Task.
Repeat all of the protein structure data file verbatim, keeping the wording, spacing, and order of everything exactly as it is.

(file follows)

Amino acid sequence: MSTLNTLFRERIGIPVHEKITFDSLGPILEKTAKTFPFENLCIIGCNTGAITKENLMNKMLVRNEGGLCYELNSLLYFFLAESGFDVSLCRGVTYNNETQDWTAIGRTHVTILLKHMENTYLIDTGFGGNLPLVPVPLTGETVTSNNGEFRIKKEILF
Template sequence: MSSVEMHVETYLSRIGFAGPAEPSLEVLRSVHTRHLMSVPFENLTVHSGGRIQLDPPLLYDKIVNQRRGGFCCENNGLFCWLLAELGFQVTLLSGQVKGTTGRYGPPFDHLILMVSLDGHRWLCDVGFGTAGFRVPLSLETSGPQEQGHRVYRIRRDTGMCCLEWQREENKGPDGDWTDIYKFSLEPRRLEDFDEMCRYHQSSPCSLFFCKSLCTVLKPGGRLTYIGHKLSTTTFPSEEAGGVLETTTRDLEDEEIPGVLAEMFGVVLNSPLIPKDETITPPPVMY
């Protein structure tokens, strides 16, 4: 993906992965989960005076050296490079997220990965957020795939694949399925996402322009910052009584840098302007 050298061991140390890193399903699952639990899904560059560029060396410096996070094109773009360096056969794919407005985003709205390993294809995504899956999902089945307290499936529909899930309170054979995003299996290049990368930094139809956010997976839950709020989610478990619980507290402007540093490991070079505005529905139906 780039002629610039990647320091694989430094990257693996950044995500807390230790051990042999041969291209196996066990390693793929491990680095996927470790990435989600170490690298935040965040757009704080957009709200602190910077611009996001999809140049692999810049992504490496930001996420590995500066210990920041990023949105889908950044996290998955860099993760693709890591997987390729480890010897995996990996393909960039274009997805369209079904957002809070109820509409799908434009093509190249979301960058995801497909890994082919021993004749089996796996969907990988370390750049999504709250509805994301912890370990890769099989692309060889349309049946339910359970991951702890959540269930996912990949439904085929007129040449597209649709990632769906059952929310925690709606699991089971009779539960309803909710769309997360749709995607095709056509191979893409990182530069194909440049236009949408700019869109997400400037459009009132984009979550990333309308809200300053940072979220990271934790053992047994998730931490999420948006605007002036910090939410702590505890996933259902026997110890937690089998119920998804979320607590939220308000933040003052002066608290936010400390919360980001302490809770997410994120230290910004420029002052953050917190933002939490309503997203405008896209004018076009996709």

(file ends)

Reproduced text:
Amino acid sequence: MSTLNTLFRERIGIPVHEKITFDSLGPILEKTAKTFPFENLCIIGCNTGAITKENLMNKMLVRNEGGLCYELNSLLYFFLAESGFDVSLCRGVTYNNETQDWTAIGRTHVTILLKHMENTYLIDTGFGGNLPLVPVPLTGETVTSNNGEFRIKKEILF
Template sequence: MSSVEMHVETYLSRIGFAGPAEPSLEVLRSVHTRHLMSVPFENLTVHSGGRIQLDPPLLYDKIVNQRRGGFCCENNGLFCWLLAELGFQVTLLSGQVKGTTGRYGPPFDHLILMVSLDGHRWLCDVGFGTAGFRVPLSLETSGPQEQGHRVYRIRRDTGMCCLEWQREENKGPDGDWTDIYKFSLEPRRLEDFDEMCRYHQSSPCSLFFCKSLCTVLKPGGRLTYIGHKLSTTTFPSEEAGGVLETTTRDLEDEEIPGVLAEMFGVVLNSPLIPKDETITPPPVMY
């Protein structure tokens, strides 16, 4: 993906992965989960005076050296490079997220990965957020795939694949399925996402322009910052009584840098302007 050298061991140390890193399903699952639990899904560059560029060396410096996070094109773009360096056969794919407005985003709205390993294809995504899956999902089945307290499936529909899930309170054979995003299996290049990368930094139809956010997976839950709020989610478990619980507290402007540093490991070079505005529905139906 780039002629610039990647320091694989430094990257693996950044995500807390230790051990042999041969291209196996066990390693793929491990680095996927470790990435989600170490690298935040965040757009704080957009709200602190910077611009996001999809140049692999810049992504490496930001996420590995500066210990920041990023949105889908950044996290998955860099993760693709890591997987390729480890010897995996990996393909960039274009997805369209079904957002809070109820509409799908434009093509190249979301960058995801497909890994082919021993004749089996796996969907990988370390750049999504709250509805994301912890370990890769099989692309060889349309049946339910359970991951702890959540269930996912990949439904085929007129040449597209649709990632769906059952929310925690709606699991089971009779539960309803909710769309997360749709995607095709056509191979893409990182530069194909440049236009949408700019869109997400400037459009009132984009979550990333309308809200300053940072979220990271934790053992047994998730931490999420948006605007002036910090939410702590505890996933259902026997110890937690089998119920998804979320607590939220308000933040003052002066608290936010400390919360980001302490809770997410994120230290910004420029002052953050917190933002939490309503997203405008896209004018076009996709």